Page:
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Themes in User Experience, Part III – Emotion in Business

At the DUX 2003 conference, I found myself on a panel talking about organizational and business issues. I was substituting for Jeff, who was unable to attend.

It was a great panel — each panelist presented ways they were able to get folks in their organizations to appreciate user-centered design. After the panelists spoke, I realized a thread emerging about the value of emotional pulls. Bill Bachman from Adobe used “UI Trivia Quizzes” and report cards to make smart interface design less dull, more engaging. Steve Sato found that a CD with video of customer visits and usability tests, “[engaged colleagues] at an emotional level that is rarely touched by logic alone.” Jeff had found a similar response when showing tests of the usability of PBS’ member stations. Jan-Christoph Zoels showed beautiful design prototypes of washing machines that hinted at compelling future possibilities.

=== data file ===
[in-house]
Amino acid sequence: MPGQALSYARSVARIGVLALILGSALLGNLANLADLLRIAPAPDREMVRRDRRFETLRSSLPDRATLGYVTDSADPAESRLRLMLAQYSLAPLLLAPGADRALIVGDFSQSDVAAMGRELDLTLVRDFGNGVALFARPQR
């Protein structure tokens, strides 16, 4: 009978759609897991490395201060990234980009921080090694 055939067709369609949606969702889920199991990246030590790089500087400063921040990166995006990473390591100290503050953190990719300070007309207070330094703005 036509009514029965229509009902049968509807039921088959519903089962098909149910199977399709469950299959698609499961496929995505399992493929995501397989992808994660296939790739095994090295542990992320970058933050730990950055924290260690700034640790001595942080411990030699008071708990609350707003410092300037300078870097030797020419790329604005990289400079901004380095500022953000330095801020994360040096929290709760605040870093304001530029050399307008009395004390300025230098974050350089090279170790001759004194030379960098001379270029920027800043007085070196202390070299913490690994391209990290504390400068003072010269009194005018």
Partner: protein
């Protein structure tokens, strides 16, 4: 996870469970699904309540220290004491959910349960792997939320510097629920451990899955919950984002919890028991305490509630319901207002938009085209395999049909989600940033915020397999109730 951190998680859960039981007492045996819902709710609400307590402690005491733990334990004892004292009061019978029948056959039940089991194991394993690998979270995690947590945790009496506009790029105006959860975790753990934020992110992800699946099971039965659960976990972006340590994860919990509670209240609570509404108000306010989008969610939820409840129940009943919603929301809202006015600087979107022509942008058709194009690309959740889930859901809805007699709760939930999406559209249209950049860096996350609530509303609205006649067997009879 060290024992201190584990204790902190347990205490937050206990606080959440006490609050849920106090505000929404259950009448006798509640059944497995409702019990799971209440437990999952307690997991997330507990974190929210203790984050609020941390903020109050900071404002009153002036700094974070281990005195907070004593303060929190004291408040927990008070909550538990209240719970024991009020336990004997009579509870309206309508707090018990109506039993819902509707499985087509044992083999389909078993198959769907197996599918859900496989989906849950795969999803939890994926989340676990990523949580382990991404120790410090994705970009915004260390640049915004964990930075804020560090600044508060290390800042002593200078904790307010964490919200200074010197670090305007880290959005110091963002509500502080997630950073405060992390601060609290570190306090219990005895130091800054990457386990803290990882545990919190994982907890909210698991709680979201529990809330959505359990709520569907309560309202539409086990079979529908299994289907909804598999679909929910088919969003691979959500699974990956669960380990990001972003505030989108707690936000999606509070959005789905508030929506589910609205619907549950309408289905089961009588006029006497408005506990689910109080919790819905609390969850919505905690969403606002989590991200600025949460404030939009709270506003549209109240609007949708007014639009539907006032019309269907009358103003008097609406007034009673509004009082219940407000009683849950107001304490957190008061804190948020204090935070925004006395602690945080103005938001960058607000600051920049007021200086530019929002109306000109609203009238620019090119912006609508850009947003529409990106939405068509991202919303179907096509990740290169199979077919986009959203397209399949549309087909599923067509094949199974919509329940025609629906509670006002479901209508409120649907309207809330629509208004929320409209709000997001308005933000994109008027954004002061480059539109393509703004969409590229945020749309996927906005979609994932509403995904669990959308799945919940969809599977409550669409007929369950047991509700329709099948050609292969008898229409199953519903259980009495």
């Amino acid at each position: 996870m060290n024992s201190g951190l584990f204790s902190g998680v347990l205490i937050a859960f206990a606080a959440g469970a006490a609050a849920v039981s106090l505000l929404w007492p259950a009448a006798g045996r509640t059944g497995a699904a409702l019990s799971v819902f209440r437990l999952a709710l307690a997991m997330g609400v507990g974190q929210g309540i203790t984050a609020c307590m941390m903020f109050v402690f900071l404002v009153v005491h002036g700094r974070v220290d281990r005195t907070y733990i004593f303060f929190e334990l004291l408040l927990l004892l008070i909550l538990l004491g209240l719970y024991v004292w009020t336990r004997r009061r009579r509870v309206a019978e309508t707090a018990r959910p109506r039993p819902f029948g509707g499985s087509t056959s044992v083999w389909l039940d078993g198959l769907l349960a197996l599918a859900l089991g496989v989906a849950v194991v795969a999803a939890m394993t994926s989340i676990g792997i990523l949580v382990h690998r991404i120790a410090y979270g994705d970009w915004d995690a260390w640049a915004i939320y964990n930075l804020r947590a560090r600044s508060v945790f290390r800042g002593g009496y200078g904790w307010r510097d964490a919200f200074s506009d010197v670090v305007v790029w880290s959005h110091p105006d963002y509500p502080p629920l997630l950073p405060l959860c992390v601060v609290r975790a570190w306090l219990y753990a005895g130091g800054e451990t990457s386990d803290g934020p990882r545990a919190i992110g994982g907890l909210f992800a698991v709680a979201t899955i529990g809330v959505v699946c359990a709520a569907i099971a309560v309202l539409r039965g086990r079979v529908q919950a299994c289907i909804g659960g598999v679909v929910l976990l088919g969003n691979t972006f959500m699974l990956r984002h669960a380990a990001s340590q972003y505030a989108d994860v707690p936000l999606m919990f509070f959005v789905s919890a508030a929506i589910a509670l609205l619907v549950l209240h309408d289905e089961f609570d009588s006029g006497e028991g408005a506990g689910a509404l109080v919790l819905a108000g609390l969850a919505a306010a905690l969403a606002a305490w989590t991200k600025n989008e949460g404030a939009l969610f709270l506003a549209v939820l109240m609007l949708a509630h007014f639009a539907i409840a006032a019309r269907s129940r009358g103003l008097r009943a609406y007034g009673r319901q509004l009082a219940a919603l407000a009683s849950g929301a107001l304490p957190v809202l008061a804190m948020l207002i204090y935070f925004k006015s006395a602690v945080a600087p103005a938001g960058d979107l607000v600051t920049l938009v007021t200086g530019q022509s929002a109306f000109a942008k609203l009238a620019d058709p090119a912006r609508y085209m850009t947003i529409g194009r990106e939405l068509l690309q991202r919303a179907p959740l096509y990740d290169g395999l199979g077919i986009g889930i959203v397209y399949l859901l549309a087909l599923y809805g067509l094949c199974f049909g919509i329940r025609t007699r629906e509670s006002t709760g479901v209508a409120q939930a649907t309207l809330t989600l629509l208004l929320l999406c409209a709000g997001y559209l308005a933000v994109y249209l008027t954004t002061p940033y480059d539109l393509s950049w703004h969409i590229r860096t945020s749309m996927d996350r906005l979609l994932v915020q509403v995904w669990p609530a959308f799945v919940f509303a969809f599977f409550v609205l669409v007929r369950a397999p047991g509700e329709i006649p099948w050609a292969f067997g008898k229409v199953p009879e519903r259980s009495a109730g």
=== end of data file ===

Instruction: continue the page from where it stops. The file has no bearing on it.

It was surprising, on what was essentially the “business panel” for touchy-feely emotions to keep cropping up. There’s a tendency to assume that business is driven by numbers, and in talking to most user experience folks about their difficulties in work with ‘business’, the primary issue is a lack of good metrics.

This panel showed that metrics is only part of the picture. You need to compel others viscerally as well. It reminded me of a comment my partner Janice made in her workshop on “Managing Design Politics” — people use their intellect to rationalize a decision already made through emotion.

  1. Nothing is purely rational in a business world. If anyone has ever read any business magazine or journal, managed people, etc. would know that even though a business is run by numbers, a business is made of people…which means relationships…which means lots of opinions and emotions…that’s the whole challenge of building an organization…it’s about building your people and aligning them to goals that help the company build great products/services that in turn create revenue/profits.

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